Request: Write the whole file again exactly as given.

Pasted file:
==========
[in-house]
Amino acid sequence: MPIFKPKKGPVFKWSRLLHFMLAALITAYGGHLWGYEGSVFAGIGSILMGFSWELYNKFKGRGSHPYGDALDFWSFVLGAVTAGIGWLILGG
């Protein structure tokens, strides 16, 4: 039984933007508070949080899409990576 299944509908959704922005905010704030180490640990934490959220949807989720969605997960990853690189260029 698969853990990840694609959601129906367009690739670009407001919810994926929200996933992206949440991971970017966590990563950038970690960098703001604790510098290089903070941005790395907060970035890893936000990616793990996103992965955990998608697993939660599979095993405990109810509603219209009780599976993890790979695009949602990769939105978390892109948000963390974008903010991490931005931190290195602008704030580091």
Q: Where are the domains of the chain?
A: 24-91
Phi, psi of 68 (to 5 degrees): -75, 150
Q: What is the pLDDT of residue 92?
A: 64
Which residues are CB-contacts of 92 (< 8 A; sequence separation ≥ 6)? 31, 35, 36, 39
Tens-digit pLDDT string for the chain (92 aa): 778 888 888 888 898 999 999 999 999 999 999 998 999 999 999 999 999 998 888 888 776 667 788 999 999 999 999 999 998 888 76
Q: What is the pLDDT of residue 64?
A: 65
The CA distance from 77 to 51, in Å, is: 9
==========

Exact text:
[in-house]
Amino acid sequence: MPIFKPKKGPVFKWSRLLHFMLAALITAYGGHLWGYEGSVFAGIGSILMGFSWELYNKFKGRGSHPYGDALDFWSFVLGAVTAGIGWLILGG
């Protein structure tokens, strides 16, 4: 039984933007508070949080899409990576 299944509908959704922005905010704030180490640990934490959220949807989720969605997960990853690189260029 698969853990990840694609959601129906367009690739670009407001919810994926929200996933992206949440991971970017966590990563950038970690960098703001604790510098290089903070941005790395907060970035890893936000990616793990996103992965955990998608697993939660599979095993405990109810509603219209009780599976993890790979695009949602990769939105978390892109948000963390974008903010991490931005931190290195602008704030580091």
Q: Where are the domains of the chain?
A: 24-91
Phi, psi of 68 (to 5 degrees): -75, 150
Q: What is the pLDDT of residue 92?
A: 64
Which residues are CB-contacts of 92 (< 8 A; sequence separation ≥ 6)? 31, 35, 36, 39
Tens-digit pLDDT string for the chain (92 aa): 778 888 888 888 898 999 999 999 999 999 999 998 999 999 999 999 999 998 888 888 776 667 788 999 999 999 999 999 998 888 76
Q: What is the pLDDT of residue 64?
A: 65
The CA distance from 77 to 51, in Å, is: 9